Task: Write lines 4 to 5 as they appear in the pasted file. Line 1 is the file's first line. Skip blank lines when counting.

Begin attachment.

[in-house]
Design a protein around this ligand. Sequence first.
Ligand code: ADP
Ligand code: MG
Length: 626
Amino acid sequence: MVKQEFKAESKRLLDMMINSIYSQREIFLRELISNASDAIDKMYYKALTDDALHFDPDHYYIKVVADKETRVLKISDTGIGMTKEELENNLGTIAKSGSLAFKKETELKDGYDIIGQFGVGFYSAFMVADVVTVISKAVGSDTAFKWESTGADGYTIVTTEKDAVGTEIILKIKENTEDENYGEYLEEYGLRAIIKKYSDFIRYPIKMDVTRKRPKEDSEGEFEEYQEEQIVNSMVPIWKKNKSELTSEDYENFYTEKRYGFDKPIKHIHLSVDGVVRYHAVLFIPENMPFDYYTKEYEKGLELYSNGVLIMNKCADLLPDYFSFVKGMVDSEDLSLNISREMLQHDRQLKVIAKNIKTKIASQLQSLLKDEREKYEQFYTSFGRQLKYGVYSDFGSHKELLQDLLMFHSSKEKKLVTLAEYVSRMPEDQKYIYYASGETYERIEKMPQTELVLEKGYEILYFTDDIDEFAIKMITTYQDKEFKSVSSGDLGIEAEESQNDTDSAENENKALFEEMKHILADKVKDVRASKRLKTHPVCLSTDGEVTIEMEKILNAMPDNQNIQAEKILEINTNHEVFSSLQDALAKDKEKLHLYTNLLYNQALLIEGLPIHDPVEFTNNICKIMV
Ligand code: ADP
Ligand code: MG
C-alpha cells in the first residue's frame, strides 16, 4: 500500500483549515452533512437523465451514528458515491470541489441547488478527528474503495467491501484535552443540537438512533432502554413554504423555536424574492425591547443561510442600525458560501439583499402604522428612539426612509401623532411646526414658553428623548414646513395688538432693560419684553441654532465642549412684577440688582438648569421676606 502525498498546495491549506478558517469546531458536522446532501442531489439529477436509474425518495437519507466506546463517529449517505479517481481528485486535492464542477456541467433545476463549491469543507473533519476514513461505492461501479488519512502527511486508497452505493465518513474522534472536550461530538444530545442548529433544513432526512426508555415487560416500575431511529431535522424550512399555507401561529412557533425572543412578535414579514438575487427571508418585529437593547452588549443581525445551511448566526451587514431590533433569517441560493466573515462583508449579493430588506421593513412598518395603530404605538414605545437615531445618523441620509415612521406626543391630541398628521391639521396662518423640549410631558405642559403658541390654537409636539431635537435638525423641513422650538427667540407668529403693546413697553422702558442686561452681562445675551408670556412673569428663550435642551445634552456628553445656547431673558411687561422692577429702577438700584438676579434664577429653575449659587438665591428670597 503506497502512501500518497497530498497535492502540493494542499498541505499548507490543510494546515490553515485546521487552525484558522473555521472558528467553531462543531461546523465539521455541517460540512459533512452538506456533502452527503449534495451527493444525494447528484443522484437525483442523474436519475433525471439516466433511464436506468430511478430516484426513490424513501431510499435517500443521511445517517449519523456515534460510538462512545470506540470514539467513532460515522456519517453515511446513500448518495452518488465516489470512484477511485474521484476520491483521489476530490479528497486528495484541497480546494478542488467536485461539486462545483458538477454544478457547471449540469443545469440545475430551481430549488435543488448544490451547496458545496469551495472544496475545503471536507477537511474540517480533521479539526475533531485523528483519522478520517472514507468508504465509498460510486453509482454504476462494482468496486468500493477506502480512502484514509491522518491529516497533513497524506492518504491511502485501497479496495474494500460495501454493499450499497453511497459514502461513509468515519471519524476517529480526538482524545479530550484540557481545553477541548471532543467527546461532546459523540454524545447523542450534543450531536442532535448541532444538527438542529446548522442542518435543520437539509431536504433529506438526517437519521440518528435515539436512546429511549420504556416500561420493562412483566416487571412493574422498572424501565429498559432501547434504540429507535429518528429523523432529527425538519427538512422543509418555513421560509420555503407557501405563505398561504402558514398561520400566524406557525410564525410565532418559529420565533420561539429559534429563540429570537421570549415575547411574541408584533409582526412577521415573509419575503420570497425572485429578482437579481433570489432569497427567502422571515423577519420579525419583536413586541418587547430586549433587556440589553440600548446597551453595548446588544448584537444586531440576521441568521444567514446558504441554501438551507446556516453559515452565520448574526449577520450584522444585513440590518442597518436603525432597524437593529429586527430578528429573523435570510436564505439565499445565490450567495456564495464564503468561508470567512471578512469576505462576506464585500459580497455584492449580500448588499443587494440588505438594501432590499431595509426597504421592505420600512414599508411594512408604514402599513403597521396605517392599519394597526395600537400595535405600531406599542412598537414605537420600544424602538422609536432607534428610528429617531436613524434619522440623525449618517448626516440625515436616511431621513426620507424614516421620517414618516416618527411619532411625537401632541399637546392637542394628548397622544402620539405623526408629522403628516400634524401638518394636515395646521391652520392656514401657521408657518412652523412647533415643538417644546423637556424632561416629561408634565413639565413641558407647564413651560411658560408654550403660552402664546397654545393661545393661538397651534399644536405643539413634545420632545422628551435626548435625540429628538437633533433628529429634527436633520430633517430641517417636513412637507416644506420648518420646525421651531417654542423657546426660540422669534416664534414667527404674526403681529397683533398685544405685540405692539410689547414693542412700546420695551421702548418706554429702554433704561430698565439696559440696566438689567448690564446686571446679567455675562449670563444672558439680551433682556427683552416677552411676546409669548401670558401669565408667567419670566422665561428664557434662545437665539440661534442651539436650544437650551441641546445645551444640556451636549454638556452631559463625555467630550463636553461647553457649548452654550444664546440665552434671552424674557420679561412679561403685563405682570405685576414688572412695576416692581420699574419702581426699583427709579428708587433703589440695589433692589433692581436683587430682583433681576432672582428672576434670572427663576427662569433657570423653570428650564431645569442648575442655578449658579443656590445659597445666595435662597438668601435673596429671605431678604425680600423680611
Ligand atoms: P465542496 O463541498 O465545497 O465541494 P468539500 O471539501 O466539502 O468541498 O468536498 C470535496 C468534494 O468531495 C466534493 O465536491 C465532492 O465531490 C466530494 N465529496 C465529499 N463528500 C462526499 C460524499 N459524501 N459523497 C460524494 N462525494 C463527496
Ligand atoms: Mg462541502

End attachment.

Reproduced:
Ligand code: MG
Length: 626